A shared disk exists for the times where your organisation might require two or more virtual machines to access a common set of data on an individual disk. While in theory it could certainly be possibly to mount a regular disk across two systems, a typical file systems' attempt to read/write a file accessible by another machine could have undesired consequences; namely, data corruption. Shared storage systems coupled with filesystems designed for said purpose will coordinate access to a file and ensure that read/write actions are handled in a safe manner.
A traditional system disk on a given virtual machine can only be mounted to the machine it relates to; whereas, the Katapult Shared Disks functionality affords the ability to create a single disk which can then be assigned to one or more of your virtual machines. Once a shared disk is assigned to a virtual machine you can then machine the disk, i.e. mount/detach, from within the virtual machine in the Katapult Console.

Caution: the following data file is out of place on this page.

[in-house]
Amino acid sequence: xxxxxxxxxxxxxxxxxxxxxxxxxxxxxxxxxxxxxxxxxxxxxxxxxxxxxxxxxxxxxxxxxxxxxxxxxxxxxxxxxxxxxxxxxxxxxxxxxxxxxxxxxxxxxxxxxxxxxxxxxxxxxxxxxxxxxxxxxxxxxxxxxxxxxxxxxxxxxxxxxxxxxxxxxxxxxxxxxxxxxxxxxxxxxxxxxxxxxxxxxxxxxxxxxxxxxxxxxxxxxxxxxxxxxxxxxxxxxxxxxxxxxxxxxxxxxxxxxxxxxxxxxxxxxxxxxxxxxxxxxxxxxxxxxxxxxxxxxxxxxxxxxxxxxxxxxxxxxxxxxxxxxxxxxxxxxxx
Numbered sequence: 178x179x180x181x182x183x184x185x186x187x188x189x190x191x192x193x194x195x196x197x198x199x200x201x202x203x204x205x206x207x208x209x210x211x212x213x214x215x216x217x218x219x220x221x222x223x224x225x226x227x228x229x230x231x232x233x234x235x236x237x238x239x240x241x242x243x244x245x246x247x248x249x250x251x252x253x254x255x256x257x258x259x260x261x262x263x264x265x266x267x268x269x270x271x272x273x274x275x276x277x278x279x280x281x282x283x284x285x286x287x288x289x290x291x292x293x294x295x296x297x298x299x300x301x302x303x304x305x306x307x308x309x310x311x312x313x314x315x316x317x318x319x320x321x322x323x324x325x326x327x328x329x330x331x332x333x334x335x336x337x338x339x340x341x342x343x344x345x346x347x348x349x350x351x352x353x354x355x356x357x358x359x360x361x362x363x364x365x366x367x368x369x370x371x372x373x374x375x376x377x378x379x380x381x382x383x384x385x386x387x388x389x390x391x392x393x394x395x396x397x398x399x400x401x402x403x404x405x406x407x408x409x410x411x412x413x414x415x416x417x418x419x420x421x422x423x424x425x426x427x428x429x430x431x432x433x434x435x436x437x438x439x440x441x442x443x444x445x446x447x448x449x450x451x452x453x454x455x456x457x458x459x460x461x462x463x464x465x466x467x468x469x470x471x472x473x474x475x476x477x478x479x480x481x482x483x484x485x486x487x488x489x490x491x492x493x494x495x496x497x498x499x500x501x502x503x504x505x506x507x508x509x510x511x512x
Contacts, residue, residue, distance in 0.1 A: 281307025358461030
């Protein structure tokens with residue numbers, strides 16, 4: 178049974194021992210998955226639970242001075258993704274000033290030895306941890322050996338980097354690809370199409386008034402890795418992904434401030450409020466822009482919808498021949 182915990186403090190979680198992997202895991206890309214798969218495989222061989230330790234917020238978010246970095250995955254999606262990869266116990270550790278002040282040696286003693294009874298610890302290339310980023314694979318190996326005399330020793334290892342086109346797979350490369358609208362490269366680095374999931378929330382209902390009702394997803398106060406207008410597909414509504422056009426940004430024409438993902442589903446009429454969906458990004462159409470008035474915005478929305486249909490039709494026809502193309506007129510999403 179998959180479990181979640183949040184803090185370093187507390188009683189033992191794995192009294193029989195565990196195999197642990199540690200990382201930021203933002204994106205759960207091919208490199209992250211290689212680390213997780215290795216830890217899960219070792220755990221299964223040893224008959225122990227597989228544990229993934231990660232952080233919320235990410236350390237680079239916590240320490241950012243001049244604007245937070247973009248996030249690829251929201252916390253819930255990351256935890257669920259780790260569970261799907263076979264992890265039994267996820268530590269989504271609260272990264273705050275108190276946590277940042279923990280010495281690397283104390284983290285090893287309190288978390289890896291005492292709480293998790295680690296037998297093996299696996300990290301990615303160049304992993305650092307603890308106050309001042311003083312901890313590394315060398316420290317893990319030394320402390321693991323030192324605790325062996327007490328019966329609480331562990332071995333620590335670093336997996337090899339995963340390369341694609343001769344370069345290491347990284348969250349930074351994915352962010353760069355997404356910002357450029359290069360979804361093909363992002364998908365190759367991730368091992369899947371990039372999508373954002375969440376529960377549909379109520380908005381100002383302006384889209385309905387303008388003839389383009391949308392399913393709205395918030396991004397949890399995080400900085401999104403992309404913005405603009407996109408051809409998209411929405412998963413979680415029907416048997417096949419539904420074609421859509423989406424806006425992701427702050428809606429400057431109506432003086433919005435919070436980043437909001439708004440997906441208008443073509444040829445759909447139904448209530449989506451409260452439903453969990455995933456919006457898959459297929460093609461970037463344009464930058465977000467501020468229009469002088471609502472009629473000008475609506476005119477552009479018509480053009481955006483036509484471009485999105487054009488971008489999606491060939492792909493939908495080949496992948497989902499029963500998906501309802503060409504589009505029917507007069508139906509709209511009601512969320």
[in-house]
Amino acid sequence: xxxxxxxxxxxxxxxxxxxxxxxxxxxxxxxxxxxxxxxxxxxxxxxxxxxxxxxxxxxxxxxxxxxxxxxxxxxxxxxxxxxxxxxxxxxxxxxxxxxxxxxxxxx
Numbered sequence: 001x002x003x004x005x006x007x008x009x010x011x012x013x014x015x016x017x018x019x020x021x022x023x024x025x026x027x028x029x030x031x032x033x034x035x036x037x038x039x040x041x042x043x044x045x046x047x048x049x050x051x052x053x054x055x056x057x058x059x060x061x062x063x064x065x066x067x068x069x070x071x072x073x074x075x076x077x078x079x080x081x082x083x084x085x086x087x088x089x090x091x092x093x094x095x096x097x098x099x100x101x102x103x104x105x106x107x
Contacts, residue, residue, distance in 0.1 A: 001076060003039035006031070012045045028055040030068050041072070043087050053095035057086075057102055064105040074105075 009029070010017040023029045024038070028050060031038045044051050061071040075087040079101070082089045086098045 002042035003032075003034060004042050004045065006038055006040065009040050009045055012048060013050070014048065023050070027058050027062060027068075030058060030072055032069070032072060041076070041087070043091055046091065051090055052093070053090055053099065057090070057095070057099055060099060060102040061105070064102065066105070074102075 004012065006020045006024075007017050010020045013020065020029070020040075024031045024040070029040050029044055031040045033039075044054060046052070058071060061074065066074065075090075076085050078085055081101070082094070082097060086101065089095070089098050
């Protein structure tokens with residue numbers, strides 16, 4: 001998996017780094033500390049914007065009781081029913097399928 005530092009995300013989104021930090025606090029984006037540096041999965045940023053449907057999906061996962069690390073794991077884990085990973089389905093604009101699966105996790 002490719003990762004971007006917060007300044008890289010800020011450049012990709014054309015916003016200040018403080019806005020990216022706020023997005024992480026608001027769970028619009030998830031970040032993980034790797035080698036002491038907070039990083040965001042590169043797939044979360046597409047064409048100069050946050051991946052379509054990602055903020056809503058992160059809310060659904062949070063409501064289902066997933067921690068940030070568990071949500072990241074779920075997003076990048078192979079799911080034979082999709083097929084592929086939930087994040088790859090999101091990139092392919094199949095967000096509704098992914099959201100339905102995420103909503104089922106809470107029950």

As mentioned in the what is a shared disk? section above, a shared disk in Katapult is no different to your regular system disk apart from the fact it can be mounted across machines. Thus, from the management perspective; within the console at least, once a shared disk has been created the interface is largely universal between the two disk types. For example, clicking into the overview screen for a system disk (via a virtual machine Disks -> System disk menu) or shared disk (via _Storage -> Shared disks sidebar menu) affords the same disk management functionality.
Katapult shared disks will support any cluster-aware file systems, such as OCFS2. Other options are available and we do not restrict which option you choose.